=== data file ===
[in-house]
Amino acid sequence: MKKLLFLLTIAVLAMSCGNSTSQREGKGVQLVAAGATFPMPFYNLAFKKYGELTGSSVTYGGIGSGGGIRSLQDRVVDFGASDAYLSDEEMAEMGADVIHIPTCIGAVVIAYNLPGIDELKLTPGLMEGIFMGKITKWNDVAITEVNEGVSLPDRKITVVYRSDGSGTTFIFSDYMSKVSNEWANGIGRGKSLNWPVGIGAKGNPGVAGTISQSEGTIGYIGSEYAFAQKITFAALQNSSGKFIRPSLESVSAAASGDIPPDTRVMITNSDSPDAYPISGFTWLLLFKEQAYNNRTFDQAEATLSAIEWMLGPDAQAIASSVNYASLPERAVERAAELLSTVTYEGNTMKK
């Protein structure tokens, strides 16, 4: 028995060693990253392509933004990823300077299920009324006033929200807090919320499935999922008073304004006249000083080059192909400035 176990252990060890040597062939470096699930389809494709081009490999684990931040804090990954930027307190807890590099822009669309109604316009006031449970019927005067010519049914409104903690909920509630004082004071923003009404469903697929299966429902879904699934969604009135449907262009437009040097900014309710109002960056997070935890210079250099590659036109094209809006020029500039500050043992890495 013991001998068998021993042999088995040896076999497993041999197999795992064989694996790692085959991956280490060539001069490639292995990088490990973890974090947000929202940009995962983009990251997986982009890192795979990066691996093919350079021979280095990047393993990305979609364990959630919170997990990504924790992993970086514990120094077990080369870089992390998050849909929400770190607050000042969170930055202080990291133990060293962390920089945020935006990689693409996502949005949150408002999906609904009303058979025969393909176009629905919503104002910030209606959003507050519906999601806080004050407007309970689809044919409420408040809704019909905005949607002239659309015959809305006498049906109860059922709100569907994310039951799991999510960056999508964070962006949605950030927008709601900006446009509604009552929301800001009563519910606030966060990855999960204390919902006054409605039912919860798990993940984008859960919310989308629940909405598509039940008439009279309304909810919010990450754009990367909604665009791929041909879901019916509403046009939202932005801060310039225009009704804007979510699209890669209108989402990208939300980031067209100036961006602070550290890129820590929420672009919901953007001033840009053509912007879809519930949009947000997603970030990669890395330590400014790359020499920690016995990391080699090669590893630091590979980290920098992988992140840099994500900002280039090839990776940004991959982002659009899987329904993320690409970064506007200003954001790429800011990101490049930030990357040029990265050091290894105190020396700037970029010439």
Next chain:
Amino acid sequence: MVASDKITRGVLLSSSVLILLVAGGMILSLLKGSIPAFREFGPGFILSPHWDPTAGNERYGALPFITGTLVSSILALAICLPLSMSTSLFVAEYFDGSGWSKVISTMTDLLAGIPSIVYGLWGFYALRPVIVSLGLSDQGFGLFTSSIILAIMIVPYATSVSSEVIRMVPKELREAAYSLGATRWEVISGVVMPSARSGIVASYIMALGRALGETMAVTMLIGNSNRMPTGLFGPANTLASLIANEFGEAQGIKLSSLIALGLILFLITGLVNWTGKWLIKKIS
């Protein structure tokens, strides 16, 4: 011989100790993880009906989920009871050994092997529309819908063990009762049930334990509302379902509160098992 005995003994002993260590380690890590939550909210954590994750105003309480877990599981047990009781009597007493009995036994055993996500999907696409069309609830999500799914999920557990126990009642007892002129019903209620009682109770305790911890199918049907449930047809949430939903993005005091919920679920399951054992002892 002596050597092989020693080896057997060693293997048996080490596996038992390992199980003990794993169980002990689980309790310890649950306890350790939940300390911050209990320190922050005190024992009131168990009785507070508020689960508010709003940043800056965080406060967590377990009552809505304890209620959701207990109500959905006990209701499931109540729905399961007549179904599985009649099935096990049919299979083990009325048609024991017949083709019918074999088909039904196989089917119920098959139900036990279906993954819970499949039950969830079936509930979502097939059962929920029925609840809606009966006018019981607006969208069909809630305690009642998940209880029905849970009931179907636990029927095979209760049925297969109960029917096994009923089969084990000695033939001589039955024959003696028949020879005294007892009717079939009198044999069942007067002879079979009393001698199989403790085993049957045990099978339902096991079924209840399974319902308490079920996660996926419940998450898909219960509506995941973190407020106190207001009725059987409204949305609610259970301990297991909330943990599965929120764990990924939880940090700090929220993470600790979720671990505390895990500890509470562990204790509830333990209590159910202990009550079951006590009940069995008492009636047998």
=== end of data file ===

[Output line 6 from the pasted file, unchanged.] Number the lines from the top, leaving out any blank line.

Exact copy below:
């Protein structure tokens, strides 16, 4: 011989100790993880009906989920009871050994092997529309819908063990009762049930334990509302379902509160098992 005995003994002993260590380690890590939550909210954590994750105003309480877990599981047990009781009597007493009995036994055993996500999907696409069309609830999500799914999920557990126990009642007892002129019903209620009682109770305790911890199918049907449930047809949430939903993005005091919920679920399951054992002892 002596050597092989020693080896057997060693293997048996080490596996038992390992199980003990794993169980002990689980309790310890649950306890350790939940300390911050209990320190922050005190024992009131168990009785507070508020689960508010709003940043800056965080406060967590377990009552809505304890209620959701207990109500959905006990209701499931109540729905399961007549179904599985009649099935096990049919299979083990009325048609024991017949083709019918074999088909039904196989089917119920098959139900036990279906993954819970499949039950969830079936509930979502097939059962929920029925609840809606009966006018019981607006969208069909809630305690009642998940209880029905849970009931179907636990029927095979209760049925297969109960029917096994009923089969084990000695033939001589039955024959003696028949020879005294007892009717079939009198044999069942007067002879079979009393001698199989403790085993049957045990099978339902096991079924209840399974319902308490079920996660996926419940998450898909219960509506995941973190407020106190207001009725059987409204949305609610259970301990297991909330943990599965929120764990990924939880940090700090929220993470600790979720671990505390895990500890509470562990204790509830333990209590159910202990009550079951006590009940069995008492009636047998």